It's not quite a rematch of 1998, when Shakespeare in Love beat Saving Private Ryan, but the contest for this year's Academy Award for Best Picture shapes up as another showdown between campy, costumed entertainment and weighty historical drama.
American Hustle, with 10 nominations overall, and 12 Years a Slave (nominated in seven major categories, including production design and adapted screenplay) face off for the Best Picture Oscar in a clear-cut choice between out-and-out fun and wrenching reality. It wouldn't be a bit surprising if Academy members sidestepped a difficult decision and simply voted for the cinematic spectacle of the year (and a box-office hit, to boot), Gravity (which landed safely with 10 nominations altogether).
Captain Phillips, Dallas Buyers Club, The Wolf of Wall Street, Philomena, Nebraska and Her round out the field vying for the Best Picture Oscar. The presence of nine nominees (out of a possible maximum of 10), rather than the five that prevailed from 1944 through 2008, spreads out the votes and makes it much harder to predict a winner. It's even tougher in a year like 2013, with many solid, well-acted films but no masterpieces.
The acting categories offer plenty to ponder, not least the inability of the Academy to recognize actresses beyond the tiny handful of household names and usual suspects. The Best Actress nominees are Cate Blanchett (ordained as the winner since Blue Jasmine opened in late July), Sandra Bullock, Judi Dench, Amy Adams (who's achieved heading-for-a-fall status of seriously overrated between The Master and American Hustle) and Meryl Streep (who is technically excellent, as always, in August: Osage County, but are voters so Pavlovian that they must scribble her name every single year, even for movies that don't work, in part because of distracting casting?)
The Academy did a smidgen of original thinking for Supporting Actress, nominating Lupita Nyong'o (12 Years a Slave), Sally Hawkins (presumably for holding her own opposite Cate Blanchett) and June Squibb (the heart and anger of Nebraska) along with now-perennial sweethearts Jennifer Lawrence (American Hustle) and Julia Roberts (August: Osage County). Perhaps the voters were generously considering that familiar faces in lavish gowns are an essential element of the Oscar telecast (March 2, 2014), and wanted to be sure we were taken care of.
It's hard to find fault with the nominees for Best Actor, each of whom is worthy of the statuette: Matthew McConaughey (Dallas Buyers Club), Chiwetel Ejiofor (12 Years a Slave), Christian Bale (American Hustle), Bruce Dern (Nebraska) and Leonardo DiCaprio (The Wolf of Wall Street).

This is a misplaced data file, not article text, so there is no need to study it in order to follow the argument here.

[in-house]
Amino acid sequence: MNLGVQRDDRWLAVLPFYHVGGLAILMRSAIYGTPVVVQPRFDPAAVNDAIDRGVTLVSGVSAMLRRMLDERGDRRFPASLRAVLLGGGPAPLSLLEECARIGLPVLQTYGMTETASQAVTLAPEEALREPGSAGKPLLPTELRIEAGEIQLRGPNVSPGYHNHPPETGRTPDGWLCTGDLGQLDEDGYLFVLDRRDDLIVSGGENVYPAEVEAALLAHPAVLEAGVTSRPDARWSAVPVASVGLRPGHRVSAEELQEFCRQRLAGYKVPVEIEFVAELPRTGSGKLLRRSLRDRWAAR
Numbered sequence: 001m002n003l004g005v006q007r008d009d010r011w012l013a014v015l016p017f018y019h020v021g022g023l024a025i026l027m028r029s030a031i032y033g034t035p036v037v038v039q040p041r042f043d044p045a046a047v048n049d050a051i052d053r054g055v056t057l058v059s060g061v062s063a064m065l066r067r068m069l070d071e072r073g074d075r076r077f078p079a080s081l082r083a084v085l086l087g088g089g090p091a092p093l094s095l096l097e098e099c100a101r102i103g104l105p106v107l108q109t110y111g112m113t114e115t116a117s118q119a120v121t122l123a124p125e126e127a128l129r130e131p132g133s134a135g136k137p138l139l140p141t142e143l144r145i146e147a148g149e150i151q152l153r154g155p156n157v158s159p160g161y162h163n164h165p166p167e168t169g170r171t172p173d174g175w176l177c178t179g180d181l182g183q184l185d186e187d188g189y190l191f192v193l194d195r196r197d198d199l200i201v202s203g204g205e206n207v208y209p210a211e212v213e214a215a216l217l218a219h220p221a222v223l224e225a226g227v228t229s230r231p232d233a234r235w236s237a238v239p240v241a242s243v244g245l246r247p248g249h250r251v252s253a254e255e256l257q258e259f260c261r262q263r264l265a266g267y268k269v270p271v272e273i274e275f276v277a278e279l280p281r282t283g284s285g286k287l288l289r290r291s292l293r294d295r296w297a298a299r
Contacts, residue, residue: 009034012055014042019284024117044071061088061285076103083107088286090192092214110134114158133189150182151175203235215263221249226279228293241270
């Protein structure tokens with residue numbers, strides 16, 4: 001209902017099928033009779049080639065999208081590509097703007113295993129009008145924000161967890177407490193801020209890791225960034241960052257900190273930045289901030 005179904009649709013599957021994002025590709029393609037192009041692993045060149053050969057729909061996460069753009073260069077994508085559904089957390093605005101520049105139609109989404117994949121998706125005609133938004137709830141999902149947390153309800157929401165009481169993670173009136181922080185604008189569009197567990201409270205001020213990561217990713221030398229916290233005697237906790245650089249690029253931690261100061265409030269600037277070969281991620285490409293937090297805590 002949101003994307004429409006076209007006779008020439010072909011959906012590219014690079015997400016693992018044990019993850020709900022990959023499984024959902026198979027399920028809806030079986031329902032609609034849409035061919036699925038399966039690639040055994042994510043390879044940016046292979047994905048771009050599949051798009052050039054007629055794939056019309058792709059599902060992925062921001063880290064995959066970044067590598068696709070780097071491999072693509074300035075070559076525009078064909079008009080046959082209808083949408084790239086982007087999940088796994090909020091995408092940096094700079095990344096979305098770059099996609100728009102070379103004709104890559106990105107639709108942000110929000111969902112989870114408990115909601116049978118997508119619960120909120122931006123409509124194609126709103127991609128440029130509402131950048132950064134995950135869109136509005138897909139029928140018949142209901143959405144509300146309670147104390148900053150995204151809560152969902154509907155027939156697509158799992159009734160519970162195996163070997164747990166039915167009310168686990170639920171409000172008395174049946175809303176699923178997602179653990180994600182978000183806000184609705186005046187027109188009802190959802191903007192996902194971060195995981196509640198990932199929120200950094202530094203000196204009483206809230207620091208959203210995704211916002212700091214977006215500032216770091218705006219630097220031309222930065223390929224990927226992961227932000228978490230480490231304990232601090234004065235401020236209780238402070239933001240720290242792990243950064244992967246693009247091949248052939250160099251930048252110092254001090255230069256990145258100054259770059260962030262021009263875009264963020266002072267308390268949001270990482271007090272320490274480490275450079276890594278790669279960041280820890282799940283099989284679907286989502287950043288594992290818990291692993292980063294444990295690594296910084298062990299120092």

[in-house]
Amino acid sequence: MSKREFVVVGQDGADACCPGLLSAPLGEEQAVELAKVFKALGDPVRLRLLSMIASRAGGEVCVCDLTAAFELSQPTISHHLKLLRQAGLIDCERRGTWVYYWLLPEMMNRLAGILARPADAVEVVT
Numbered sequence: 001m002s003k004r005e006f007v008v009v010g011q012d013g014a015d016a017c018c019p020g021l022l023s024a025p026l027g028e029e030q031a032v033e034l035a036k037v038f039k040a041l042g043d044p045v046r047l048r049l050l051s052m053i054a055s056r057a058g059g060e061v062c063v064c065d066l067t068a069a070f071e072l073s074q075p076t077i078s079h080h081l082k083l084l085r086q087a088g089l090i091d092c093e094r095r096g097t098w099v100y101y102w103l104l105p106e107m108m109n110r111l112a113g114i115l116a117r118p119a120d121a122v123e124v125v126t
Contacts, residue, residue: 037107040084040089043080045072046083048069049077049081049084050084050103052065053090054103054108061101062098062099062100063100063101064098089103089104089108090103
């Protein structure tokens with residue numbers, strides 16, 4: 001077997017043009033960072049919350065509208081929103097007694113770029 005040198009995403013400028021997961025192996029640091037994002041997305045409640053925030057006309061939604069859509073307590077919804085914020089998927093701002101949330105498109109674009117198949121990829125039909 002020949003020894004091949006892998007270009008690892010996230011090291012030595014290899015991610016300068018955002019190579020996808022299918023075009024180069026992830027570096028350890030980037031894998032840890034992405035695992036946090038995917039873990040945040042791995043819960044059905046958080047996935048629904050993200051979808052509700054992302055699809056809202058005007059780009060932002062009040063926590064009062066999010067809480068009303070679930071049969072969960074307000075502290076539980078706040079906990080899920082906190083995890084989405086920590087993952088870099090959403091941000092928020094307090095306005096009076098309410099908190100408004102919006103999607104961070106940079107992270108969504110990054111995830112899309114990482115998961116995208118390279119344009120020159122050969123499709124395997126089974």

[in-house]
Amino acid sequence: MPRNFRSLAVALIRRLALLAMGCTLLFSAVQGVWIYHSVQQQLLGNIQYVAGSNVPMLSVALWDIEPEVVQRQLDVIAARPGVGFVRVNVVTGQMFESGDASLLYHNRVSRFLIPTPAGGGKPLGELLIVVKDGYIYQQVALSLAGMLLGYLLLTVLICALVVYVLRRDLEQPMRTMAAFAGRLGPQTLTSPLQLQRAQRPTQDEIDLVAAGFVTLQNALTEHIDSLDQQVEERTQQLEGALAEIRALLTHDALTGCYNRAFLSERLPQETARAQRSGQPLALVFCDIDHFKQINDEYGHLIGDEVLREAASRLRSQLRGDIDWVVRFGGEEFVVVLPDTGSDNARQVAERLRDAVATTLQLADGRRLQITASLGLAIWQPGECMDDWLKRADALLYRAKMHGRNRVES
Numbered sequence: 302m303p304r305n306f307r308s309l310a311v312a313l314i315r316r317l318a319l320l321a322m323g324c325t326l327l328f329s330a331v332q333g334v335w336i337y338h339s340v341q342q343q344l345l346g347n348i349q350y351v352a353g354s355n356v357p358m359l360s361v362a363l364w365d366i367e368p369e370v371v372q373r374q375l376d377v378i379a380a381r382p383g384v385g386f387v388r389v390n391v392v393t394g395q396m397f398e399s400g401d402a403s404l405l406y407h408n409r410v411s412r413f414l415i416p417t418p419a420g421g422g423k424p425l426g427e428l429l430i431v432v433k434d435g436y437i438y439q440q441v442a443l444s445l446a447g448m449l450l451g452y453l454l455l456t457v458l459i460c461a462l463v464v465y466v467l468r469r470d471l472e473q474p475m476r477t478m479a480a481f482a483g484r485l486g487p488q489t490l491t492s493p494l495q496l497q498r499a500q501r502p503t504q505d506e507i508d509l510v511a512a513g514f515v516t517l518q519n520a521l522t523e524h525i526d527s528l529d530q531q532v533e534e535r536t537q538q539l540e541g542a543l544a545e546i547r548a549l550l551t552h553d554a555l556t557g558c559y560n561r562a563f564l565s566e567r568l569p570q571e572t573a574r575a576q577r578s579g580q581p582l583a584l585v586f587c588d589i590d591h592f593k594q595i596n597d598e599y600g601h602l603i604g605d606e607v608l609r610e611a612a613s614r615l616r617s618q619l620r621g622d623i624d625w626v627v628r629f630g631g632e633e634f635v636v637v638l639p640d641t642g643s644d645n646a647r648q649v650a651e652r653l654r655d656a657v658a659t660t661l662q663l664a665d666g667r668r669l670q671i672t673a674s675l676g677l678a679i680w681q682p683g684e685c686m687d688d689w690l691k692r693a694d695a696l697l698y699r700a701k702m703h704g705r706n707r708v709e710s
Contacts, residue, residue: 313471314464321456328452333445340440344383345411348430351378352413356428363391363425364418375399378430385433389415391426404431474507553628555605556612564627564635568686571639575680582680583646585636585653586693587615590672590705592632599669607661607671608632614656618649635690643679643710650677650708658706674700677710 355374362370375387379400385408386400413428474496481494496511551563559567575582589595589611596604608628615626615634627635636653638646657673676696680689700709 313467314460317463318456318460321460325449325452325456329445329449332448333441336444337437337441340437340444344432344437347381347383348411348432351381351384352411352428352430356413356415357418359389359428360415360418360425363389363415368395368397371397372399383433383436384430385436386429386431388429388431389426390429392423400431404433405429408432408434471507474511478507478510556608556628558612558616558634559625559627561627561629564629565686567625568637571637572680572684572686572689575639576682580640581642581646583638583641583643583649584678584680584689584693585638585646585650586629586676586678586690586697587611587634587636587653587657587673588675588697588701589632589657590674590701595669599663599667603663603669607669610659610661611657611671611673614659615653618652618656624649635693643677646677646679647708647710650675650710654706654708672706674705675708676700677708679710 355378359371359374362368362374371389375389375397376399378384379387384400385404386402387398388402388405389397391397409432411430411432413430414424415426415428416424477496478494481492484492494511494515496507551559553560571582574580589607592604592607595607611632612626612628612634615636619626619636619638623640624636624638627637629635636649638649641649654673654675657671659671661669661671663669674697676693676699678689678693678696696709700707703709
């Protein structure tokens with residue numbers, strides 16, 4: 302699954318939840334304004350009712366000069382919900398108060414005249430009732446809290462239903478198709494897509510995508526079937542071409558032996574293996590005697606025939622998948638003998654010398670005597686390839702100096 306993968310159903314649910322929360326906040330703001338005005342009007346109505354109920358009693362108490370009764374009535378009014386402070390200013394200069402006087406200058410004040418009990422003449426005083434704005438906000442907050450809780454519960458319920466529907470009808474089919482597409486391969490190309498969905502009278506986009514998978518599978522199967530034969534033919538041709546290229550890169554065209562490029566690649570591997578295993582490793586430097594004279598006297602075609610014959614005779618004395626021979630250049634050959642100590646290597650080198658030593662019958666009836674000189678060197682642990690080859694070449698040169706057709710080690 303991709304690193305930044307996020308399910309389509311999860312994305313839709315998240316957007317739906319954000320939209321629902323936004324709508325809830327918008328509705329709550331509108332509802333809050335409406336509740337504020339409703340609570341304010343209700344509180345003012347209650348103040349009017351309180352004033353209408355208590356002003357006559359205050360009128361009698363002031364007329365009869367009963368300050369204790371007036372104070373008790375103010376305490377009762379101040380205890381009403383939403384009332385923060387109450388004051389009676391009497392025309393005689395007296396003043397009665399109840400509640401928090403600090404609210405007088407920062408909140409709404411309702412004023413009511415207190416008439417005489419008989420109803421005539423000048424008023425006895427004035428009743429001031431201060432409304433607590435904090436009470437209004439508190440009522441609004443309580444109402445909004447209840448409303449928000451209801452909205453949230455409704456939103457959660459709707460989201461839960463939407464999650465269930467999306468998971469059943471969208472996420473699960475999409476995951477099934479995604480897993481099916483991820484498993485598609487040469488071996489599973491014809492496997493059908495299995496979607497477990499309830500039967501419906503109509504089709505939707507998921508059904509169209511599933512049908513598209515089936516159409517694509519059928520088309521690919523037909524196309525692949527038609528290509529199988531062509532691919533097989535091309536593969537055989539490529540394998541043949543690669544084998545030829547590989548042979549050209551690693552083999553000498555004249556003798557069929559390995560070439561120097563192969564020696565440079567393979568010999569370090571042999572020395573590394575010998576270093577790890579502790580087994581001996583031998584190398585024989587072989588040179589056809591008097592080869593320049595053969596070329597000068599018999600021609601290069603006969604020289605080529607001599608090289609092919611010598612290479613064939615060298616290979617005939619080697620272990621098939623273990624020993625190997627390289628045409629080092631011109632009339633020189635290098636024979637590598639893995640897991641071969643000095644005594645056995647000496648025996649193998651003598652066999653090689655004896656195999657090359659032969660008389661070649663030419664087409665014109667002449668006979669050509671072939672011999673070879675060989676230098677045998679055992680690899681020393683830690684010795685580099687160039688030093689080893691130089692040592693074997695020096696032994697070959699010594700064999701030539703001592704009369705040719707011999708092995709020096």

I tab Jared Leto as the favorite in the Supporting Actor category for Dallas Buyers Club -- I choose to believe in the existence of a gay Mafia in Hollywood -- although Barkhad Abdi (Captain Phillips), Bradley Cooper (American Hustle) and Michael Fassbender (12 Years a Slave) all have a coterie of fans. Jonah Hill is the lone egregious and undeserving performance in this category, for The Wolf of Wall Street.
Nebraska is this year's little indie that could, with a Best Picture nod, two major acting citations and even a nomination for director Alexander Payne (who has no chance, but I'm sure he's honored if not humbled to be nominated). Some might pick Her as the underdog of the year, but it boasts the name casting of Joaquin Phoenix and Scarlett Johansson. The question is whether it possesses enough pseudo-hip and quasi-insightful touches to bamboozle older members of the Academy along with the younger ones.
The major travesty of the nominations is that the impeccably crafted and painfully funny Inside Llewyn Davis inexplicably missed the cut in every category except cinematography. It's worth noting that the Coen brothers don't do interviews, PR tours and the related schmoozing and glad-handing that enhances one's chances with the Academy, but frankly I think that the last thing show-business types want to confront, contemplate and reward is failure. I'm referring to Llewyn, not the movie.
(Yes, the Coens won for No Country for Old Men, but that film was a critical and popular triumph. And yes, Woody Allen got nominated again this year for Original Screenplay and he's never participated in awards-season self-promotion. But the Academy has long recognized that he stands outside the system, and doesn't penalize him for it. He's an exception.)
The question in the documentary feature category is whether the Academy will sidestep the heavy issue-oriented films and push the unsung singers of 20 Feet From Stardom into the spotlight. The Act of Killing unequivocally deserves the trophy, with The Square, Cutie and the Boxer and Dirty Wars acceptably completing the field.
The only political controversy to be found among this year's nominations -- that is, if we pretend that the heinous history depicted in 12 Years a Slave has no contemporary relevance -- is the Foreign Language nomination for Omar (opening Feb. 21 in the Bay Area), Palestinian filmmaker Hany Abu-Assad's street-level drama set against the backdrop of the Israeli occupation. Whether it can outpoll a devastating reenactment of Cambodian genocide (The Missing Picture) and a gorgeously cinematic Fellini update from Italy (The Great Beauty), as well as the ill-fated romance of The Broken Circle Breakdown (from Belgium) and former Bond villain Mads Mikkelsen as a wrongfully accused teacher in The Hunt (from Denmark), remains to be seen. Admittedly, this isn't the category that millions of people will be watching with bated breath.
For the full list of nominees, visit oscar.go.com.